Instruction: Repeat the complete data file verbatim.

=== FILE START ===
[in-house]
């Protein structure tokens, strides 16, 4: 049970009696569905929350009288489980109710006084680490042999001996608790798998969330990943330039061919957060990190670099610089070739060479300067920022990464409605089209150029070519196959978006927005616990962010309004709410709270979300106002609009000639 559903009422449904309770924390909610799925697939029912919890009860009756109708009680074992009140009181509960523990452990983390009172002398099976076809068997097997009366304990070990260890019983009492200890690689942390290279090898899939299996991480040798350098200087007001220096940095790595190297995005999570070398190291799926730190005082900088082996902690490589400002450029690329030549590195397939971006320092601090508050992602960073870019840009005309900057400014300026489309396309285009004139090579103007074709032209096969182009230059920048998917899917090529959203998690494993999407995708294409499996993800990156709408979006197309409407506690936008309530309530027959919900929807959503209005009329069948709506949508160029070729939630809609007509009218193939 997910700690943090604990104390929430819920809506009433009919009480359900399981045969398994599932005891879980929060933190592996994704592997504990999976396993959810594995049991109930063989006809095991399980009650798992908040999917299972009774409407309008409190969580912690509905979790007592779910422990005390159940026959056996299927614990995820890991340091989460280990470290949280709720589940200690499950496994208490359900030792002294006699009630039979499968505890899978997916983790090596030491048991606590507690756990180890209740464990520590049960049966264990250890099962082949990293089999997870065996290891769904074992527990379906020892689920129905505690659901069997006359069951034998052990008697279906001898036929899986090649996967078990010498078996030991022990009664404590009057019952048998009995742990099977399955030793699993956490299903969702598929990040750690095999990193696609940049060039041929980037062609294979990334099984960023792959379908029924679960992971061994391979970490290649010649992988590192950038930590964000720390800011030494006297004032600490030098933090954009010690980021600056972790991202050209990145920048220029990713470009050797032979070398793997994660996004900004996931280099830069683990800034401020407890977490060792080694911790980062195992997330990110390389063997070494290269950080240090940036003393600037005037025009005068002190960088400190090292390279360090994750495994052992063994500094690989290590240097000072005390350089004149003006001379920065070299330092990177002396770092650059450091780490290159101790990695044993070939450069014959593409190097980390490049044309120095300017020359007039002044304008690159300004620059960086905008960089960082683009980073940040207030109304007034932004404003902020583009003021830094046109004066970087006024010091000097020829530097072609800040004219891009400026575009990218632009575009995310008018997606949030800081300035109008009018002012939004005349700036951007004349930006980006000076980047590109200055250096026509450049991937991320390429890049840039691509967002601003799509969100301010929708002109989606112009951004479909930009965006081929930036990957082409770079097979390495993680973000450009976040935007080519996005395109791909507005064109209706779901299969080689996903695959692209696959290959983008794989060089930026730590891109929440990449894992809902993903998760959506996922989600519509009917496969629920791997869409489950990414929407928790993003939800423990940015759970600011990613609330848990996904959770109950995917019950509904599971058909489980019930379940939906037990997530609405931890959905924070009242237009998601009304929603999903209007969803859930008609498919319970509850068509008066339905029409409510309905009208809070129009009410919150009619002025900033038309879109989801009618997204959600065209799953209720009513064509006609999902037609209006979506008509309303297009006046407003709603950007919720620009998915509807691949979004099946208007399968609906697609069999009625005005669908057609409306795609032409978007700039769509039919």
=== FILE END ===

[in-house]
């Protein structure tokens, strides 16, 4: 049970009696569905929350009288489980109710006084680490042999001996608790798998969330990943330039061919957060990190670099610089070739060479300067920022990464409605089209150029070519196959978006927005616990962010309004709410709270979300106002609009000639 559903009422449904309770924390909610799925697939029912919890009860009756109708009680074992009140009181509960523990452990983390009172002398099976076809068997097997009366304990070990260890019983009492200890690689942390290279090898899939299996991480040798350098200087007001220096940095790595190297995005999570070398190291799926730190005082900088082996902690490589400002450029690329030549590195397939971006320092601090508050992602960073870019840009005309900057400014300026489309396309285009004139090579103007074709032209096969182009230059920048998917899917090529959203998690494993999407995708294409499996993800990156709408979006197309409407506690936008309530309530027959919900929807959503209005009329069948709506949508160029070729939630809609007509009218193939 997910700690943090604990104390929430819920809506009433009919009480359900399981045969398994599932005891879980929060933190592996994704592997504990999976396993959810594995049991109930063989006809095991399980009650798992908040999917299972009774409407309008409190969580912690509905979790007592779910422990005390159940026959056996299927614990995820890991340091989460280990470290949280709720589940200690499950496994208490359900030792002294006699009630039979499968505890899978997916983790090596030491048991606590507690756990180890209740464990520590049960049966264990250890099962082949990293089999997870065996290891769904074992527990379906020892689920129905505690659901069997006359069951034998052990008697279906001898036929899986090649996967078990010498078996030991022990009664404590009057019952048998009995742990099977399955030793699993956490299903969702598929990040750690095999990193696609940049060039041929980037062609294979990334099984960023792959379908029924679960992971061994391979970490290649010649992988590192950038930590964000720390800011030494006297004032600490030098933090954009010690980021600056972790991202050209990145920048220029990713470009050797032979070398793997994660996004900004996931280099830069683990800034401020407890977490060792080694911790980062195992997330990110390389063997070494290269950080240090940036003393600037005037025009005068002190960088400190090292390279360090994750495994052992063994500094690989290590240097000072005390350089004149003006001379920065070299330092990177002396770092650059450091780490290159101790990695044993070939450069014959593409190097980390490049044309120095300017020359007039002044304008690159300004620059960086905008960089960082683009980073940040207030109304007034932004404003902020583009003021830094046109004066970087006024010091000097020829530097072609800040004219891009400026575009990218632009575009995310008018997606949030800081300035109008009018002012939004005349700036951007004349930006980006000076980047590109200055250096026509450049991937991320390429890049840039691509967002601003799509969100301010929708002109989606112009951004479909930009965006081929930036990957082409770079097979390495993680973000450009976040935007080519996005395109791909507005064109209706779901299969080689996903695959692209696959290959983008794989060089930026730590891109929440990449894992809902993903998760959506996922989600519509009917496969629920791997869409489950990414929407928790993003939800423990940015759970600011990613609330848990996904959770109950995917019950509904599971058909489980019930379940939906037990997530609405931890959905924070009242237009998601009304929603999903209007969803859930008609498919319970509850068509008066339905029409409510309905009208809070129009009410919150009619002025900033038309879109989801009618997204959600065209799953209720009513064509006609999902037609209006979506008509309303297009006046407003709603950007919720620009998915509807691949979004099946208007399968609906697609069999009625005005669908057609409306795609032409978007700039769509039919």